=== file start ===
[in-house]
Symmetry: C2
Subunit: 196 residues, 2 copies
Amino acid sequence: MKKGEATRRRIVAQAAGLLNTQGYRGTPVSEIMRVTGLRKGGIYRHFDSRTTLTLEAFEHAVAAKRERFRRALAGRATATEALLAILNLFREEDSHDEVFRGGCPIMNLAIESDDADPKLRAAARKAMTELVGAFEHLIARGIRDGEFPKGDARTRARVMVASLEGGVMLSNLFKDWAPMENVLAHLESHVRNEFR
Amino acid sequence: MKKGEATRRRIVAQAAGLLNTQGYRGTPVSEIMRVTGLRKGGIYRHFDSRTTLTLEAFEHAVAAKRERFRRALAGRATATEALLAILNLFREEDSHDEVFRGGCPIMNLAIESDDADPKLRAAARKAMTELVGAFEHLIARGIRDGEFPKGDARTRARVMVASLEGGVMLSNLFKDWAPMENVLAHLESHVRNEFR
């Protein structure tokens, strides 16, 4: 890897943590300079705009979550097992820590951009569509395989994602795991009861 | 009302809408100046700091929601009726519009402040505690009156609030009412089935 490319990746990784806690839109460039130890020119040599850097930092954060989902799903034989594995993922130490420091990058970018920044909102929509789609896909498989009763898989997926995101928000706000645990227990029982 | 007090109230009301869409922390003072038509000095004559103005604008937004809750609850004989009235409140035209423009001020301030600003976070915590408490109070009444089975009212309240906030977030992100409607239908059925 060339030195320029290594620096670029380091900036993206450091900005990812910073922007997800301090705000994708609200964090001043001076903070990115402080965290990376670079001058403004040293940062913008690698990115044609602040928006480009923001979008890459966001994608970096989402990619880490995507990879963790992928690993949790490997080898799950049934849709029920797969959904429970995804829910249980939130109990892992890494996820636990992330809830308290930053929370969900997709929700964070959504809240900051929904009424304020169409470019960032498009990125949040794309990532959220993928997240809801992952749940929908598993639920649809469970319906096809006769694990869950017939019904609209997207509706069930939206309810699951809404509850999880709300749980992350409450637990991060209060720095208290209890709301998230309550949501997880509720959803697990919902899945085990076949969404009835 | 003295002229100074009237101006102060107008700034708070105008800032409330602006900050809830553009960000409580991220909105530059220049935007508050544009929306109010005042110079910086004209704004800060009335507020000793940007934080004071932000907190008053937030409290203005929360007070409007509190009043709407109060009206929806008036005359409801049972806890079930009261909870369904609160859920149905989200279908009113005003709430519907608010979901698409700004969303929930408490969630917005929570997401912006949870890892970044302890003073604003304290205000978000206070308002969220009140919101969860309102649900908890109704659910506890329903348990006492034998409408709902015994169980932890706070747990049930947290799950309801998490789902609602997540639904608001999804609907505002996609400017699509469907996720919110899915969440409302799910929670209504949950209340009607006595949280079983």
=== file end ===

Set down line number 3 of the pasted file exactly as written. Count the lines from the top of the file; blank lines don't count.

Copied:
Subunit: 196 residues, 2 copies